The TT, which gets its name from the "Tourist Trophy," the legendary auto race first held on the Isle of Man back in 1905, is refreshingly true to the original concept initially shown at the Frankfurt Show in 1995, sans the addition of the production car's small side windows behind the doors.

For North America, the rollout is as follows: 180-hp coupe with 5-speed manual in late spring for the U.S. The quattro version of the TT will be introduced when it goes on sale in Canada this summer. The 225-hp TT will not be available in the U.S. until late 2000. Part of the delay is due to Audi wanting the engine to be classified as an ultra low emissions vehicle (ULEV). The TT roadster will come to the U.S. in late 1999.

All TTs will be offered solely with a 5-speed manual transmission until at least 2000 in Europe and 2001 in North America. Audi would have liked to offer an automatic at launch but currently doesn't have a transmission for the 180-hp 4-cyl. engine that it believes is right for the TT's personality; one is currently under development, most likely a Tiptronic, Audi hints.

Meantime, Audi has no plans to ever offer an automatic for the high-performance, 225-hp version of the car: Pretenders need not apply.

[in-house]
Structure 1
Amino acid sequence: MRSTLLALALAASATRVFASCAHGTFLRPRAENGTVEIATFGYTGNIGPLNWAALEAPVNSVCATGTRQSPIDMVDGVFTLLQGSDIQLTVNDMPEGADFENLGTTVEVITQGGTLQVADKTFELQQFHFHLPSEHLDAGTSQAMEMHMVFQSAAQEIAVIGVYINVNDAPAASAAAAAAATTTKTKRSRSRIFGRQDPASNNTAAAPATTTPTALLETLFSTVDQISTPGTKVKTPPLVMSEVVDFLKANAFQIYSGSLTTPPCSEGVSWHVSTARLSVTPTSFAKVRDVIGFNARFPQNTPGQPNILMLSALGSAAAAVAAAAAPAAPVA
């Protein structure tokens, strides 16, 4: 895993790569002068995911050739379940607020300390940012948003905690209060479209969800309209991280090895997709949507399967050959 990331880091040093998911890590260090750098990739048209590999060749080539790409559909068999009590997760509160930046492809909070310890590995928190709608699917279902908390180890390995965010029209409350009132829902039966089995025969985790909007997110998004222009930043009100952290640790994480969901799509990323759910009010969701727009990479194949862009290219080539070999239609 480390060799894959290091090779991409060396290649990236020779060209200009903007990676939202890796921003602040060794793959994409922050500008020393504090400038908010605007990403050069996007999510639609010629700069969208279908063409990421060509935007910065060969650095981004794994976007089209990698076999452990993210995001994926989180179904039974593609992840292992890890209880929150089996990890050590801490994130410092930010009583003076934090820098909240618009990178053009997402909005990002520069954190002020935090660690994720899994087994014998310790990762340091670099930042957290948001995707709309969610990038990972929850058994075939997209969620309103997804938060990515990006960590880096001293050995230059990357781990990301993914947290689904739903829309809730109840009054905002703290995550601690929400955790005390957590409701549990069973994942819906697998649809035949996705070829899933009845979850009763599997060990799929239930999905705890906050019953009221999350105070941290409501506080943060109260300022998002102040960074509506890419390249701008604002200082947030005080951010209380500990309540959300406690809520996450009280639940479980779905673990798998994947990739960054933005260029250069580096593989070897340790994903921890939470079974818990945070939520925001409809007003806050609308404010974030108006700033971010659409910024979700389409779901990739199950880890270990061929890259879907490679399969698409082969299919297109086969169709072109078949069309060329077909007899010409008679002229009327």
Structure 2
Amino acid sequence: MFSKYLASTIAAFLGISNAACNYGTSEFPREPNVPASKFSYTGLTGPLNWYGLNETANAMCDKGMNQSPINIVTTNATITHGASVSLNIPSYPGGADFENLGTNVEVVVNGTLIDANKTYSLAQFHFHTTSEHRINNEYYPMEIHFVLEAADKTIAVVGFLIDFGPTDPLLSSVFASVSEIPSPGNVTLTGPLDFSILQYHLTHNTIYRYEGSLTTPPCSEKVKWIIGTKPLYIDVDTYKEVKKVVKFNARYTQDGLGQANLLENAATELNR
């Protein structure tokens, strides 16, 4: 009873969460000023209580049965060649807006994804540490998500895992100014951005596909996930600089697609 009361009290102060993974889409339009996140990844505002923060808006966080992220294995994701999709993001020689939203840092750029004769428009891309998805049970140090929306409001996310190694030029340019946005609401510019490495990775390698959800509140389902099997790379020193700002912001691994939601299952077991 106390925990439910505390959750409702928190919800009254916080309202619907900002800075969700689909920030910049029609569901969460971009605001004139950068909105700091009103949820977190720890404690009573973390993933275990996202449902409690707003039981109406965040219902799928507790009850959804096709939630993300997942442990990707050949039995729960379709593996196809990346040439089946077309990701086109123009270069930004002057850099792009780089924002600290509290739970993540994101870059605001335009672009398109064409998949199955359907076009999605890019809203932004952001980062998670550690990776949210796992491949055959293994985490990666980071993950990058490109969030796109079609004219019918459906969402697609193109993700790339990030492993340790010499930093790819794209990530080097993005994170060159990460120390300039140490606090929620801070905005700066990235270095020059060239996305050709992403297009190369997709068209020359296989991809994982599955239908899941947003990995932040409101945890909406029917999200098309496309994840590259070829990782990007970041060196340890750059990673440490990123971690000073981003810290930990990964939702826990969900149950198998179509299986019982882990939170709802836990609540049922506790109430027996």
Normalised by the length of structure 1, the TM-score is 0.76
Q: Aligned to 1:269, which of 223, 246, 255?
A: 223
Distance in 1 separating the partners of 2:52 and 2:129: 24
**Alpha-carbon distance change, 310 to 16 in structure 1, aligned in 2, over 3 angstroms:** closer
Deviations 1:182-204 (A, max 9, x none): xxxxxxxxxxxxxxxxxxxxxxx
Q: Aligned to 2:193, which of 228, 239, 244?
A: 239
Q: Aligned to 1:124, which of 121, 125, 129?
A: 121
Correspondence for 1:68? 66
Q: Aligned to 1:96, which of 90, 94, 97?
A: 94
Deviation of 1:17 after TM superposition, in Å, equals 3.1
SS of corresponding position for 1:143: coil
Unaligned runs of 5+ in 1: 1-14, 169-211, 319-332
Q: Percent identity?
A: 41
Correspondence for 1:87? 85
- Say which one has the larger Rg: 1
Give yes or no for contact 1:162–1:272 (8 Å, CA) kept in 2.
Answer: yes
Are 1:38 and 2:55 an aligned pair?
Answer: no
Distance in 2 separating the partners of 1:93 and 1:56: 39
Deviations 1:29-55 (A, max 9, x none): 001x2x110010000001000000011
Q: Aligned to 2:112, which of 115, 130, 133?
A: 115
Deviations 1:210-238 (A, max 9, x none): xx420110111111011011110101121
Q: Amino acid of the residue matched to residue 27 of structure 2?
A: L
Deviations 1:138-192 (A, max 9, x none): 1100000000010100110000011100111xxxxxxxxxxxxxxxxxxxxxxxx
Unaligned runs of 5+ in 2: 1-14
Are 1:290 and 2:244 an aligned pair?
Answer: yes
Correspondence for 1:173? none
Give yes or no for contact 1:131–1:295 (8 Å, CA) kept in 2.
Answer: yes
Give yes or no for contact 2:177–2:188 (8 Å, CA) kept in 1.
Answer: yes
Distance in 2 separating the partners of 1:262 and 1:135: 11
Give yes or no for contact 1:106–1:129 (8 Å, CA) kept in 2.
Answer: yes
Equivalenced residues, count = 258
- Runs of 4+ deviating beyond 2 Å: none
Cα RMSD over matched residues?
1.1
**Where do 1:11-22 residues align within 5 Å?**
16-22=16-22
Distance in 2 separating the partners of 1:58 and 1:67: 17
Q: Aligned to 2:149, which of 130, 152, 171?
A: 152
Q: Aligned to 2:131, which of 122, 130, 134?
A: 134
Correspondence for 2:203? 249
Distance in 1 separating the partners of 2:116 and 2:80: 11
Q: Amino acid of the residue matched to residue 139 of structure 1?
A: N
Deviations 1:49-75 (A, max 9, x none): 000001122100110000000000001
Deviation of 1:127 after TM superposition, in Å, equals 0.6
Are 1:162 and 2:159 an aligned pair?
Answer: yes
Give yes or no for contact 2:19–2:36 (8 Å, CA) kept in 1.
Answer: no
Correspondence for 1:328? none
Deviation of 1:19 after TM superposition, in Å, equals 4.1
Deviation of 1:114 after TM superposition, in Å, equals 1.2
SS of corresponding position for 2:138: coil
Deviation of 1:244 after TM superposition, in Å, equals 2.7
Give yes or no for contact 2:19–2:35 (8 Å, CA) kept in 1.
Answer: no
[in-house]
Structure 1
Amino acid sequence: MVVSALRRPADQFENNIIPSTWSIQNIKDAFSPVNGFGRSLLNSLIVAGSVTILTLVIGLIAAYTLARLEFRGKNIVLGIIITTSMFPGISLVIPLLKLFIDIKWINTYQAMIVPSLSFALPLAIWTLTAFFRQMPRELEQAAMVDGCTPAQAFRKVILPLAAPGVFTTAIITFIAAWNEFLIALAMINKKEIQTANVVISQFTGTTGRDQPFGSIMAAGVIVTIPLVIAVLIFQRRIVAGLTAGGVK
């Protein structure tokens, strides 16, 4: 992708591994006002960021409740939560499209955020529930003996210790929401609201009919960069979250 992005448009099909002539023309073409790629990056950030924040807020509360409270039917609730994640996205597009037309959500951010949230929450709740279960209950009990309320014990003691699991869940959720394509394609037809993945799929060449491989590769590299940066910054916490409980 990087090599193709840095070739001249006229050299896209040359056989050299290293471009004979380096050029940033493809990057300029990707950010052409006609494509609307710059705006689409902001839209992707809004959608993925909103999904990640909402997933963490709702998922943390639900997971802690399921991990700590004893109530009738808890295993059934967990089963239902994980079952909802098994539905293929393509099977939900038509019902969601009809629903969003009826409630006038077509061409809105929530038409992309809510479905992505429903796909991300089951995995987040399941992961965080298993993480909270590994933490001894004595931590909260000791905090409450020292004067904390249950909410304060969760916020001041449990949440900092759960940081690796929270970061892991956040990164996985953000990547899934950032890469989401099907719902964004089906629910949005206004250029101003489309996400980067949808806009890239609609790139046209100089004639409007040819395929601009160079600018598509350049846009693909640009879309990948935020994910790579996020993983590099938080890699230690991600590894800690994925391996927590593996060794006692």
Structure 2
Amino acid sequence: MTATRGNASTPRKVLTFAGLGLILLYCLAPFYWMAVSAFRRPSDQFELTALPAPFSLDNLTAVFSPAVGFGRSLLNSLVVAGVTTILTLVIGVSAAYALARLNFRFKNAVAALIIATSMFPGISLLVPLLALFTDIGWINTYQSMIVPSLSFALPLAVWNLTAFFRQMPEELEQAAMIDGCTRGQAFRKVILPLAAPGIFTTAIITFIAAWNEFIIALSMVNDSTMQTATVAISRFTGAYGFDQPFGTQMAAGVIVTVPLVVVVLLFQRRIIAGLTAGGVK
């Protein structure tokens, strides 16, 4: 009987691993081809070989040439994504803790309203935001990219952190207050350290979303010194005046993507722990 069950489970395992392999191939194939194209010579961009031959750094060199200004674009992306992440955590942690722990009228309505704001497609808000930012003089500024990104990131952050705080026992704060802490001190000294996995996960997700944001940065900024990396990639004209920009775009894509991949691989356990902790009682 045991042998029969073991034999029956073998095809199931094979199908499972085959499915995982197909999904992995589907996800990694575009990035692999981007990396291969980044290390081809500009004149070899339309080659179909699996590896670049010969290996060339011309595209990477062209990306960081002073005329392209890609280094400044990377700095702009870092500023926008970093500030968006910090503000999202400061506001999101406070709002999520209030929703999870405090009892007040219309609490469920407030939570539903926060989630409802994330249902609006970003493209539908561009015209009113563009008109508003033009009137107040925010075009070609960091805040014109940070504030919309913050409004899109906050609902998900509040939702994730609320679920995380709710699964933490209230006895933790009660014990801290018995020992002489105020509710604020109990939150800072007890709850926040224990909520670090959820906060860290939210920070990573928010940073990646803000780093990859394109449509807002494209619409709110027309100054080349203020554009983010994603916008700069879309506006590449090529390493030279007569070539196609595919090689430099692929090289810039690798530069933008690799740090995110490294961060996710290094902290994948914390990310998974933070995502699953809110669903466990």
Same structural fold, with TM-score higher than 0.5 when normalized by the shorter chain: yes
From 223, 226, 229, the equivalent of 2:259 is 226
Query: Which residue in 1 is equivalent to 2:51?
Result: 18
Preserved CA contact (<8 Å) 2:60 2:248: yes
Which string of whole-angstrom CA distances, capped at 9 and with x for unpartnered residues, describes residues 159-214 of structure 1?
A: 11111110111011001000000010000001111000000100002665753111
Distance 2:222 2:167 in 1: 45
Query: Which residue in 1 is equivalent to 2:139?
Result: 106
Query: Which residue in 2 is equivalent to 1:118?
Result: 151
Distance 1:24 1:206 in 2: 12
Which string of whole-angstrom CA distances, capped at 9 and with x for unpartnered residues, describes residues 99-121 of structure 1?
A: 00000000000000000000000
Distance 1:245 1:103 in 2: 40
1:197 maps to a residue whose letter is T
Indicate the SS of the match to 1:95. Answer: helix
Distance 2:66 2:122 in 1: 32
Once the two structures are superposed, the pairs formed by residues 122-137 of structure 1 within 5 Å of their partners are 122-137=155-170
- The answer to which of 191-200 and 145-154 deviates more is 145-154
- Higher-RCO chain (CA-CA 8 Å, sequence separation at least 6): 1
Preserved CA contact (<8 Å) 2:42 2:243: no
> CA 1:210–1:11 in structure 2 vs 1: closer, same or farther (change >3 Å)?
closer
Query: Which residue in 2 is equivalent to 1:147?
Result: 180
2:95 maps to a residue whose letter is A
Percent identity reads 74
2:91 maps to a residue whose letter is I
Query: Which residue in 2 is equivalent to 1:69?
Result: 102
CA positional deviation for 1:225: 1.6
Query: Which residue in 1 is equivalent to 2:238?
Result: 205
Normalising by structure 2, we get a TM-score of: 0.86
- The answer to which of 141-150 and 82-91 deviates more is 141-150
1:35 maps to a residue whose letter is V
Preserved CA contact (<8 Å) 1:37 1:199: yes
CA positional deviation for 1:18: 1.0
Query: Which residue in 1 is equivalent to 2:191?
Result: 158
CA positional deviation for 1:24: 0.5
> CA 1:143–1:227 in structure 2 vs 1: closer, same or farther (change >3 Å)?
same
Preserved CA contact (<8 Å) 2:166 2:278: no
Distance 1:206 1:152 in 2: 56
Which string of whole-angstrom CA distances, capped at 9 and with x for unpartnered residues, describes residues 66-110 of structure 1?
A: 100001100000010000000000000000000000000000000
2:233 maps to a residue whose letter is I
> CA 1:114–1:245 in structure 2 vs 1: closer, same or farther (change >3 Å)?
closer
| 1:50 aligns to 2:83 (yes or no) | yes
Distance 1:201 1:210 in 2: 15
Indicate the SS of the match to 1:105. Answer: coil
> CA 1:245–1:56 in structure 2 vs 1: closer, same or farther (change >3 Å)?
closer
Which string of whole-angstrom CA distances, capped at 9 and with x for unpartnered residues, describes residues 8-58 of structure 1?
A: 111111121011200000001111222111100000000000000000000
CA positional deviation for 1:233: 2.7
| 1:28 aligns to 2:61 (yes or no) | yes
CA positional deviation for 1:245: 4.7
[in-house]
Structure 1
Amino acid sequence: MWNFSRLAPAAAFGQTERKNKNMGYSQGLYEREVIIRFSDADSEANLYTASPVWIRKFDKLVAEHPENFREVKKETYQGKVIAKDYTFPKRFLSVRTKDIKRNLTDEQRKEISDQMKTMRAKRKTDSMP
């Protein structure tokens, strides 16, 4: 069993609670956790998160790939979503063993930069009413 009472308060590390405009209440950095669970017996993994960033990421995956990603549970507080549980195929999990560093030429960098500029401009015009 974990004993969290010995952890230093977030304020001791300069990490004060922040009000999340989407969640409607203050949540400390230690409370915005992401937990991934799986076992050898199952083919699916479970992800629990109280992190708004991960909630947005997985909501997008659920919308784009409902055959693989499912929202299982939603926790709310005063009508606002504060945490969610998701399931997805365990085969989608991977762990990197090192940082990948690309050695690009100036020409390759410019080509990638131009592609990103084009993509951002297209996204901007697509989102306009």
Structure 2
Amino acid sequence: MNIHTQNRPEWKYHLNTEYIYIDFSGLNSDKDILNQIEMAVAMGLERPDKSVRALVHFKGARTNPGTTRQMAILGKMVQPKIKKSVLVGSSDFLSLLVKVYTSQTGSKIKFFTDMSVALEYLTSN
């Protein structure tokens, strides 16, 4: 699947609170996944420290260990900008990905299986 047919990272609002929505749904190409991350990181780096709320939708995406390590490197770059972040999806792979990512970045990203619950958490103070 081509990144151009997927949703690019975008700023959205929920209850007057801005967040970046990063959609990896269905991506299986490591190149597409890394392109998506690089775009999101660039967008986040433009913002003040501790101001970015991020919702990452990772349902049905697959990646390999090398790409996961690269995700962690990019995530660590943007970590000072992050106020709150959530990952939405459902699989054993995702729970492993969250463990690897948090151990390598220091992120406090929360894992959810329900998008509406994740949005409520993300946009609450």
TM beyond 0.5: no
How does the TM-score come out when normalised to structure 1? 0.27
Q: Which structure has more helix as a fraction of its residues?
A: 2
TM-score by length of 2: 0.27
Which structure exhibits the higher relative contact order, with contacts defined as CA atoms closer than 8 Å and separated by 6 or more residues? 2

The 180-hp engine gets a smaller turbo than the one used in the quicker TT, but the loss of 45 hp won't leave anyone feeling cheated. The 180-hp engine delivers peak torque of 173 ft.-lbs. (235 Nm) from just 1,950 rpm all the way up to 5,000 rpm, just 500 rpm short of the engine's peak power output.

The performance TT comes with a new generation of quattro all-wheel drive, Xenon headlights, 43 cm (17-in.) wheels and an intercooled version of the 1. 8L turbocharged 4-cyl. that boasts 225 peak horsepower at 5,900 rpm and 207 ft.-lbs. (280 Nm) of torque all the way from 2,200 rpm to 5,500 rpm, the kind of power needed to match the looks of this low-slung sports car.

While Audi calls the TT a 2+2 sports car, the rear seats likely will be used as a shelf to hold groceries or a duffel bag. The rear seats, however, do come in handy when folded down, then the TT provides an impressive 19 cu.-ft. (540L) of luggage space.

The TT comes packed with standard equipment, including side air bags for both passengers (a key-operated cutoff switch for the passenger bag is located in the glove compartment), antilock brakes and traction control on the 180 hp front-drive TT version and leather trim seats with ingenious rubber nubs in the cushion to keep the driver from sliding around.

Audi won't say what it cost to develop the TT, only that it was slightly below the development costs of the VW Golf-based A3. The TT shares about 20% of its basic parts from the A3/A4/Golf group platform, including the fuel tank, engine castings and basic floorpan. Even so, engineers went to great length to beef up the TT's suspension.

The result is a highly distinctive coupe - with a highly unique identity.